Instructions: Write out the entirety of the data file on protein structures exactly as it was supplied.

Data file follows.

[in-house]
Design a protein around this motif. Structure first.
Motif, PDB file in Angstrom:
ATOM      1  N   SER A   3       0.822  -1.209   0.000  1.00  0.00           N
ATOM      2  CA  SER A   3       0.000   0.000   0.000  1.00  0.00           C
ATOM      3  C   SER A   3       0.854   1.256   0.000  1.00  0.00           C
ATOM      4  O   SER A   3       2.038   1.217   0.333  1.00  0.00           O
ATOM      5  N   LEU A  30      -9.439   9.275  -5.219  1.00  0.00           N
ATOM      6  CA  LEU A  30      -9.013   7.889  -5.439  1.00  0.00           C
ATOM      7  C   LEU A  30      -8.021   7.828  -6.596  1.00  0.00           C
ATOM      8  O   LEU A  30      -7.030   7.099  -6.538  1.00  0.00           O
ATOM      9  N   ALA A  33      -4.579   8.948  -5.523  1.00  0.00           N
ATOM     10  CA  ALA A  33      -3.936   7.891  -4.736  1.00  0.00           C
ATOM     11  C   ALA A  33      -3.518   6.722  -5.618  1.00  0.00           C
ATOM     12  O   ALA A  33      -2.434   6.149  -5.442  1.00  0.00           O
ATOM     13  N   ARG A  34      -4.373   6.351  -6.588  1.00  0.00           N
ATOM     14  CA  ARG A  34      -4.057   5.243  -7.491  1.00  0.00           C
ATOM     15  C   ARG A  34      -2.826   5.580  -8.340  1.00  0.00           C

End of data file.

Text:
[in-house]
Design a protein around this motif. Structure first.
Motif, PDB file in Angstrom:
ATOM      1  N   SER A   3       0.822  -1.209   0.000  1.00  0.00           N
ATOM      2  CA  SER A   3       0.000   0.000   0.000  1.00  0.00           C
ATOM      3  C   SER A   3       0.854   1.256   0.000  1.00  0.00           C
ATOM      4  O   SER A   3       2.038   1.217   0.333  1.00  0.00           O
ATOM      5  N   LEU A  30      -9.439   9.275  -5.219  1.00  0.00           N
ATOM      6  CA  LEU A  30      -9.013   7.889  -5.439  1.00  0.00           C
ATOM      7  C   LEU A  30      -8.021   7.828  -6.596  1.00  0.00           C
ATOM      8  O   LEU A  30      -7.030   7.099  -6.538  1.00  0.00           O
ATOM      9  N   ALA A  33      -4.579   8.948  -5.523  1.00  0.00           N
ATOM     10  CA  ALA A  33      -3.936   7.891  -4.736  1.00  0.00           C
ATOM     11  C   ALA A  33      -3.518   6.722  -5.618  1.00  0.00           C
ATOM     12  O   ALA A  33      -2.434   6.149  -5.442  1.00  0.00           O
ATOM     13  N   ARG A  34      -4.373   6.351  -6.588  1.00  0.00           N
ATOM     14  CA  ARG A  34      -4.057   5.243  -7.491  1.00  0.00           C
ATOM     15  C   ARG A  34      -2.826   5.580  -8.340  1.00  0.00           C